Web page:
There has been much talk of al-Qaida being reduced to little more than a rump. The reality is that this applies only to the original entity, already quite limited in reach. What has evolved is a very much more diffuse network, one that the Pentagon seeks to defeat without wanting to commit ground-troops in any significant numbers (see "America's military: failures of success", 12 May 2011).

There is an exception here: the use of special forces to carry out night-raids in Afghanistan and Pakistan. These continue, even though there is ample evidence that they lead to more opposition to US forces (see “Study: NATO night raids cause Afghan backlash”, AFP/Defense News, 19 September 2011).

More significant, however, is the notable increase in the reliance on armed-drones, especially in Yemen and Somalia. Drones now fly from a facility in the Seychelles (following a series of trials there), while a new CIA airstrip in Saudi Arabia supplements existing drone-operations based in Djibouti and directed mainly at Yemen. A further base is being established in Ethiopia, intended mainly for operations in Somalia (see Craig Whitlock & Greg Miller, “U.S. assembling secret drone bases in Africa, Arabian Peninsula, officials say”, Washington Post, 21 September 2011).

The possession of bases in four countries has two advantages. The first is the degree of geographical overlap; this allows more detailed and extensive surveillance and attack operations. The second is the availability of back-up; if one of the countries involved undergoes a political change of heart, then others are available to take up the strain.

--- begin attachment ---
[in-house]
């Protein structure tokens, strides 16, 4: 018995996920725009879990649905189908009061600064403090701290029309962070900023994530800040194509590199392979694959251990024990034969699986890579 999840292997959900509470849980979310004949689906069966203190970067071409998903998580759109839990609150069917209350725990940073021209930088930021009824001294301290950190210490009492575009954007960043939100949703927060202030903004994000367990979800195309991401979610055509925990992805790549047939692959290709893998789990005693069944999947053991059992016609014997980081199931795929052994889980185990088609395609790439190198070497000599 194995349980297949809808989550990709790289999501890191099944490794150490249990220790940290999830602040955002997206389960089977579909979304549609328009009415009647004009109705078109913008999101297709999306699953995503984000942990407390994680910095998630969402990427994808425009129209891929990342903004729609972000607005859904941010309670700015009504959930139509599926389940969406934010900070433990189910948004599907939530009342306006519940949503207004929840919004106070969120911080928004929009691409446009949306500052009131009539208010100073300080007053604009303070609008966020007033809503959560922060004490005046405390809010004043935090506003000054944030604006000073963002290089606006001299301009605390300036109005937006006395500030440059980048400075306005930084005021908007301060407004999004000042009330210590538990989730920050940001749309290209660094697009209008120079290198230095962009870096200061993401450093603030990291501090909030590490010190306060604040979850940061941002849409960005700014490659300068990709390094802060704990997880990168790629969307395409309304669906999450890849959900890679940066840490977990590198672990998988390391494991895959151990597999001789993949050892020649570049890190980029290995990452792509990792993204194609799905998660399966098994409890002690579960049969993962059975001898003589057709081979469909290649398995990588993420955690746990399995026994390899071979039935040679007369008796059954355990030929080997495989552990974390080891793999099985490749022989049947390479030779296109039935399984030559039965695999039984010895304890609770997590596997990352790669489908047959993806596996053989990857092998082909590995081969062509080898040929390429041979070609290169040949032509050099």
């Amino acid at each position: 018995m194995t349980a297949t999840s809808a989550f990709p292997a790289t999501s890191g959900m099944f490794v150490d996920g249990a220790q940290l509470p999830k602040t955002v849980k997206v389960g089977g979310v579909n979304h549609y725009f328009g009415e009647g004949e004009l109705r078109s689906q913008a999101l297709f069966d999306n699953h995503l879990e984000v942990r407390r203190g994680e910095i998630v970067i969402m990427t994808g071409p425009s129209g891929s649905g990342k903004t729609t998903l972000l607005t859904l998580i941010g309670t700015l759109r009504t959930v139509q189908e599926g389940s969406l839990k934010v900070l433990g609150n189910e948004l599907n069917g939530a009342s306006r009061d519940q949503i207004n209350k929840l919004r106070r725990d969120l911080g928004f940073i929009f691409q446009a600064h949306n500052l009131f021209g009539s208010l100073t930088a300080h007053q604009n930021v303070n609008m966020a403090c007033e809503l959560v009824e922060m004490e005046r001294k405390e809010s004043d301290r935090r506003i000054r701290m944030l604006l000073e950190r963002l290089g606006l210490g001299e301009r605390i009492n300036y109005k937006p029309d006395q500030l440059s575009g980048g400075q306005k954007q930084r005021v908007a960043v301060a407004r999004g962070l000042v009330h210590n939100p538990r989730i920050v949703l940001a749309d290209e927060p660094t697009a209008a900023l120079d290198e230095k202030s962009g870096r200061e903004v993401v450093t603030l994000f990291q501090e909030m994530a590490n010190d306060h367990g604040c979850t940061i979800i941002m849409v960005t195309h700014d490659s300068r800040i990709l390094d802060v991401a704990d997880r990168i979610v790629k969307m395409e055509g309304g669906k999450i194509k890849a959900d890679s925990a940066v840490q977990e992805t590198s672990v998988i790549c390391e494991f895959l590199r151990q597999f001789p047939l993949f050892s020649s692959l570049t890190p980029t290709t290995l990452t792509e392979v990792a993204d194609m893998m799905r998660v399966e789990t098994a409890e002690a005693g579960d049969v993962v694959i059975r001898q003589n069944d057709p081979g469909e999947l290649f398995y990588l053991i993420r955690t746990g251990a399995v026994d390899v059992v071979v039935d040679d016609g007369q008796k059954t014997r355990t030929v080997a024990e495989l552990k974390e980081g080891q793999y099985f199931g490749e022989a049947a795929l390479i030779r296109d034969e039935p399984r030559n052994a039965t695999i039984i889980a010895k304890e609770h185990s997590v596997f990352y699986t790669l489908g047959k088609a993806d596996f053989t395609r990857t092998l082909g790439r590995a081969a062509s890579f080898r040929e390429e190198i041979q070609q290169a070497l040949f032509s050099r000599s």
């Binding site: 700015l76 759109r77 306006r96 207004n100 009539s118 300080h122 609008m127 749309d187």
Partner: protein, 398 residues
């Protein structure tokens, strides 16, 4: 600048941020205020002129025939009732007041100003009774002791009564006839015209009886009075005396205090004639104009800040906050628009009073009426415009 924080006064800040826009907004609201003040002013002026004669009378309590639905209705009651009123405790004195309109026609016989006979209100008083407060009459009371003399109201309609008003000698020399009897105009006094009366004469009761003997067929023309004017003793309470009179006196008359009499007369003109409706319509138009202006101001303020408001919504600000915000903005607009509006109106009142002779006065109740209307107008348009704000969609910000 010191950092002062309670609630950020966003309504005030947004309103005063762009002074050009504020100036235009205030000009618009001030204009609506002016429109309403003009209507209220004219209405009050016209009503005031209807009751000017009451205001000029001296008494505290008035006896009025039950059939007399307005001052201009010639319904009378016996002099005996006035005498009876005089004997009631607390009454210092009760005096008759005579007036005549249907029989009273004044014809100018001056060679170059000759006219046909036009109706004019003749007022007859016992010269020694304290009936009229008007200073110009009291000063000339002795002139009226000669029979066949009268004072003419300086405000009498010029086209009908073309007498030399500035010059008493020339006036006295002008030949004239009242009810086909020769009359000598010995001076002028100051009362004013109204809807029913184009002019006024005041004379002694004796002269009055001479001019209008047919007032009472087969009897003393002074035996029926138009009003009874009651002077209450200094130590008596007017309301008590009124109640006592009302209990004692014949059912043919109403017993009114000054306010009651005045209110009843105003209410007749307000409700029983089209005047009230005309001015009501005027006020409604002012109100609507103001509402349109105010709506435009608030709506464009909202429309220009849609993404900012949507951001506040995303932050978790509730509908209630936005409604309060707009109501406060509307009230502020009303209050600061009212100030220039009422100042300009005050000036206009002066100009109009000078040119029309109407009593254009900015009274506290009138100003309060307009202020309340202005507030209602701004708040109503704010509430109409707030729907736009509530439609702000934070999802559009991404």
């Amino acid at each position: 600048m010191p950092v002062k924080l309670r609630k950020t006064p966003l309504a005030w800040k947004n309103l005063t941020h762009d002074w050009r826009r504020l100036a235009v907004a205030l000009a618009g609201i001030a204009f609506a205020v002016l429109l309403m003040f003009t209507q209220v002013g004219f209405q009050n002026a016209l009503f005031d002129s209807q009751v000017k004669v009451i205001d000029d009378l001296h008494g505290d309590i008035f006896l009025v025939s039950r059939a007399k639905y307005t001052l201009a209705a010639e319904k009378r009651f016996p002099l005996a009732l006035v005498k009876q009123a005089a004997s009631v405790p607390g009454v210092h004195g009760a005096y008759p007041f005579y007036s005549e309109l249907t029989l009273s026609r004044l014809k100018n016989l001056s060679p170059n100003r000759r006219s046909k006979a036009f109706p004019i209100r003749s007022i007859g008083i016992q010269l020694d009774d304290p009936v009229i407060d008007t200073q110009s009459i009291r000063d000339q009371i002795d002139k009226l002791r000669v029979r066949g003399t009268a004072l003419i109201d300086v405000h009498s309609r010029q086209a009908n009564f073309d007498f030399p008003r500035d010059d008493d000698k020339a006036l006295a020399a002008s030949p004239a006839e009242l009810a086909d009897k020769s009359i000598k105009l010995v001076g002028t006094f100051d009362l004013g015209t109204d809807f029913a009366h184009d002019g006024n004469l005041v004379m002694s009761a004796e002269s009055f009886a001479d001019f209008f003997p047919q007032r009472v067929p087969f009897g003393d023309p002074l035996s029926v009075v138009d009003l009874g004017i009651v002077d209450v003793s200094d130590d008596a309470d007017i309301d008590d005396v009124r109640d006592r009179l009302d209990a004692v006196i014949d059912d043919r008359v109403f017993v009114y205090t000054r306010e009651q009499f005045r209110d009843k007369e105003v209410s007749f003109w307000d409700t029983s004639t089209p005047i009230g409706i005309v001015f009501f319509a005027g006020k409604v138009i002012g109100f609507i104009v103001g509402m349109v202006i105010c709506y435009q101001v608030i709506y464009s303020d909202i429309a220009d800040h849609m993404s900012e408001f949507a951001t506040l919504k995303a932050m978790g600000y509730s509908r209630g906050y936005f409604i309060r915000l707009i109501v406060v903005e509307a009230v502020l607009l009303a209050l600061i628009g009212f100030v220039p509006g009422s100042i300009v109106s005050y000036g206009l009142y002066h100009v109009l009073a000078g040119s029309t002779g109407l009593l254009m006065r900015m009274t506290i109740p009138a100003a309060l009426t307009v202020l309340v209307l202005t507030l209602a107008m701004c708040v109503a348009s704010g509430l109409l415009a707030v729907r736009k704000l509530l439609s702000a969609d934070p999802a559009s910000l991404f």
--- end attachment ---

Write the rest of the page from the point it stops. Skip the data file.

Beyond the legacy

This rapid expansion of drone capabilities is provoking a debate within the White House over how extensively the drones can be used. The core question is: should the targeting be restricted to more senior paramilitary leaders, or should it seek out many more - hundreds, or even thousands - of low-level militants? (see Charlie Savage, "At White House, Weighing Limits of Terror Fight", New York Times, 15 September 2011).

For the moment, the practice leans towards the former option; but this already raises a host of legal issues around what is essentially targeted assassination with not even the pretense of an attempt at capture and legal process (see "Drone warfare: cost and challenge", 23 June 2011). 

The context of the debate is that the Barack Obama administration is facing sustained problems in Afghanistan, Pakistan and Iraq, and a growing threat in Yemen and northern Africa. The availability of armed-drones presents a tempting military option that combines apparent effectiveness with (in terms of American casualties) zero cost.

Yet even leaving aside the considerable legal and moral questions, there are strategic perils. For if radical Islamist groups continue to spread their influence (as seems likely) this will invite the routine application of armed-drones in what amounts to generalised warfare, quite possibly far beyond Yemen and Somalia. Drones have already been used in Libya against Gaddafi's forces, and - now that Nato has extended its air operations by three months - could be again (either if the former leader’s supporters remain active, or if jihadists form a new challenge). Even Nigeria might offer convenient targets (see "Al-Qaida franchise: the Nigerian case", 25 August 2011).

The prospect of such escalation is very far from the original hope of many of Obama's advisers that the “war on terror” could be greatly reduced in scope (if not ended altogether) before 2012 and the end of his first term. That increasingly looks vain - and even worse, there is a real chance that this administration’s last year will see a steady expansion of the war. Such an outcome would be the direct opposite of the promise of 2008, and yet more evidence of the toxic legacy that George W Bush bequeathed to his successor.